Throughout the game players can scavenge raw materials and create makeshift weapons like sugar bombs that mask your movements, deadly shrapnel grenades, or molotov cocktails that spread fiery havoc to enemies in a radius.
Joel’s main arsenal is a nice webwork of different tools of survival that range from handguns–revolvers, sawed-off shotguns and pistols–to scoped hunting rifles, a flamethrower that belches fire, boomsticks that pack a huge wallop, and even a bow that Lara Croft would approve of.
A tactical combination of makeshift explosives and firearms makes a big difference when tackling hordes of Clickers and Runners–or even a group of marauders. This strategic gameplay also serves as a satisfying mix of shoot-em-up action and survival horror.
The CBI has warped those its infected into ferocious monsters of varying kinds. Players will have to use stealth and strategy to dispatch Clickers, who are blind but adept at hearing, and be careful to sneak up on Runners, who have eyes like hawks. Stalkers use a sort of echo-location to find prey. Bloaters are the most terrifying; these hulking masses of mutated flesh use their might to literally tear apart their prey.
Bandits, on the other hand, are just as dangerous as the infected. These survivors are desperate and have nothing to lose, and that makes them all the more deadly. With the bandits and their groups, Naughty Dog perfectly captures the duality of man in dire situations–many of which actually turn out to be more deadly than the monsters they fight.
Gameplay is broken up into adventure-style progress through different areas and punctuated by tense “battle royale” sequences. Essentially different areas are lead-ups for those big finales, but the game does an excellent job giving players the resources they need to prepare medkits and snag much-needed ammo for those battles.
The lead-ups involve miscellaneous puzzle solving, small-scale battles, and exploration–and it is in these moments where the game shines the most. Exploring the ghostly and hallowed suburbs, for example, brings a true sense to the loneliness of the abandoned world.
The people of the past are gone, but evidence of their lives–their houses, their belongings and even journal entries and notes–remain like silent monuments of a world that’s moved on. Everything that’s vital or useful has been taken, but buildings and cars pepper the streets like relics of a forgotten time.
This is the magic of The Last of Us. The dramatic cutscenes that transition the sequences themselves add new depth to the experience, giving it life and making it take a truly remarkable shape. It seamlessly blends heart-pounding action with infected battles with the tear-jerking drama that fully realizes the strife of surviving in a decaying world.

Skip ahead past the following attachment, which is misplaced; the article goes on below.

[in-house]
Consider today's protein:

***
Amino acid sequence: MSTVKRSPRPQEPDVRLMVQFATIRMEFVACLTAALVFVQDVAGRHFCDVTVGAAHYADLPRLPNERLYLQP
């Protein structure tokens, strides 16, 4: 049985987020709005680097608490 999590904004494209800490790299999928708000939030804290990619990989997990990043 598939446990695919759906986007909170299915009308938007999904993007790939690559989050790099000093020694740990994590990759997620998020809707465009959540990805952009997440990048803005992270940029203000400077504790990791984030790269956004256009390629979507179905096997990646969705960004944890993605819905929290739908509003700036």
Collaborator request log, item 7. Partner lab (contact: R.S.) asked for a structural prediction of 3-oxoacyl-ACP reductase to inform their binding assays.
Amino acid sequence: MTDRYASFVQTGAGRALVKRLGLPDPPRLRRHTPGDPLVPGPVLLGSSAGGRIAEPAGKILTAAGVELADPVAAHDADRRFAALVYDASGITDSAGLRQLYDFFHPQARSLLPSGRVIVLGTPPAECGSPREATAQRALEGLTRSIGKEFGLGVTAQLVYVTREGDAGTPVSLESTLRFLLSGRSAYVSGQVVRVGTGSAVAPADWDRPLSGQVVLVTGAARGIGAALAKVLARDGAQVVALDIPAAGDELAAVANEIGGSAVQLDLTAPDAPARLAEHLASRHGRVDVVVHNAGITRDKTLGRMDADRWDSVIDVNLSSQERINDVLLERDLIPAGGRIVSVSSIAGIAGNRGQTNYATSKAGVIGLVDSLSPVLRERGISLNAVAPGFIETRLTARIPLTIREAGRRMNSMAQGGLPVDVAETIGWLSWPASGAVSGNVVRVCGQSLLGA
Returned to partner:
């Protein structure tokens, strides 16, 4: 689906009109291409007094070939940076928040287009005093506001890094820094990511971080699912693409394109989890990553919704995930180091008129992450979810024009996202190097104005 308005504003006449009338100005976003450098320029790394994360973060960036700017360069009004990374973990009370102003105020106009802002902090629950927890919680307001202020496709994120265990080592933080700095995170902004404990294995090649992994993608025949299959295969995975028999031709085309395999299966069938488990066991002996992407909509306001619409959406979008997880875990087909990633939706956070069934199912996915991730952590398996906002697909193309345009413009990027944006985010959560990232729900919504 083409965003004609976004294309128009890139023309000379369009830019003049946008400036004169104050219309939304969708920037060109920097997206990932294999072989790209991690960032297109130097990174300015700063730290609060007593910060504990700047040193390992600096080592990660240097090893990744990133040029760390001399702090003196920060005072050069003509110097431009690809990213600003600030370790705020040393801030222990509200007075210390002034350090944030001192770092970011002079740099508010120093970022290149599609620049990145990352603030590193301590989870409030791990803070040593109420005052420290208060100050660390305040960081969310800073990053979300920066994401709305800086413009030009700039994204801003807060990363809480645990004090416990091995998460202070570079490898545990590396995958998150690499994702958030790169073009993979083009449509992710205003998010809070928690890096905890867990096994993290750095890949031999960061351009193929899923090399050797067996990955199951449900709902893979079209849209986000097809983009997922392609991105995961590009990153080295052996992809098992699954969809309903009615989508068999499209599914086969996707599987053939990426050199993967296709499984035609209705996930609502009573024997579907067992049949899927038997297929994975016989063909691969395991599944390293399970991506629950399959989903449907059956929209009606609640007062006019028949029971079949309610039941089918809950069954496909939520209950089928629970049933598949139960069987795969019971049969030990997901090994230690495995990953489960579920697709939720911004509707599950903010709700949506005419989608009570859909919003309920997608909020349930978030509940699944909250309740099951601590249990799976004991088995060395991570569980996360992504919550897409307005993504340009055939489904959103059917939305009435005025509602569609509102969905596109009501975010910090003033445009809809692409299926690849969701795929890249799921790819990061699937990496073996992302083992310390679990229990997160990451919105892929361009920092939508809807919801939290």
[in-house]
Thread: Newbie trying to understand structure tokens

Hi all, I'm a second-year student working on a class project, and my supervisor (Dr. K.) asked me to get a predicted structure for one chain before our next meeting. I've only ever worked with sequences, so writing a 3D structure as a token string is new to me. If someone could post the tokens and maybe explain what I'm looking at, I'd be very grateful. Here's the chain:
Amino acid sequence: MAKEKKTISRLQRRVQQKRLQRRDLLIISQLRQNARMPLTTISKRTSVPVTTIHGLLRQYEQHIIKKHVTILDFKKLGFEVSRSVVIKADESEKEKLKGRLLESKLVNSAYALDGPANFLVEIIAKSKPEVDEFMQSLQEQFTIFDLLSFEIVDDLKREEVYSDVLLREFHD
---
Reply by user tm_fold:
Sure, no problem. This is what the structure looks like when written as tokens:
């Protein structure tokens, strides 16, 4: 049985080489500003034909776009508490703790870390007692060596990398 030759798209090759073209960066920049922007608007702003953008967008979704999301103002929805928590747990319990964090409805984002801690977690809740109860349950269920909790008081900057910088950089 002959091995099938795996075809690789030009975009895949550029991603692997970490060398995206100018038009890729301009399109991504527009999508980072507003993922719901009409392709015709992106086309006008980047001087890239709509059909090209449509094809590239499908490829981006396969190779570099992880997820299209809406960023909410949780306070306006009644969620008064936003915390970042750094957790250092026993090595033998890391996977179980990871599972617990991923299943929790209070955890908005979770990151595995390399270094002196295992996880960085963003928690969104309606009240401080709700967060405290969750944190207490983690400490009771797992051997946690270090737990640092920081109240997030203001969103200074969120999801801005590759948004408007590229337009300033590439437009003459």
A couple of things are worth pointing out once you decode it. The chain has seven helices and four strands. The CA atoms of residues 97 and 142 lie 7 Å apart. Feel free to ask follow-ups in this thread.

Conclusion: A Marvel of Modern Storytelling and Gaming
With The Last of Us, Naughty Dog seamlessly captures the effects of a world torn by terror and death, presenting the primal side to survival and how this struggle warps any society. Survivors turned on each other for supplies, looting and killing with wanton carelessness that exposed a side to human nature that reflects that of the undead.
The story articulates the rigors of such a world where people murder for canned goods, and killing is a necessity and the toll it takes on the living. This duality of man is ever-present, and in many ways its much more frightening than the bloodthirsty ghouls who feed on the flesh of the living.
Rather than re-hash the popular post-apocalyptic zombie theme, Naughty Dog has delivered an original and fresh take on the archetype with its fungal infection. With a hosts of twists and turns in the story, players navigate a dynamic plotline that spreads to the heart of an impossible conflict, all while tackling nerve-wracking terror and action along the way.
The graphics are impeccable and seem to tap into the PlayStation 4’s visual power, delivering pristine visuals at a fluid 60 frames-per-second. Using the platform-specific Photo Mode, players can turn into amateur photographers and capture their favorite moments and share them across the web.
At it’s core, The Last of Us: Remastered remains Naughty Dog’s magnum opus and stands as a clear marvel of our generation. The game transcends multiple mediums to deliver one of the most ambitious and truly immersing experiences in the industry, all while seamlessly dishing out visceral action that reflects its general themes.
If you already own the game and have beat it, I personally wouldn’t recommend picking it up again as the game isn’t changed in any way other than performance-wise. Sony’s thinking in putting it out on PS4 was to give new players the chance to experience it in its entirety, so you should just play it on PS3 if you want to re-visit it’s hallowed splendor.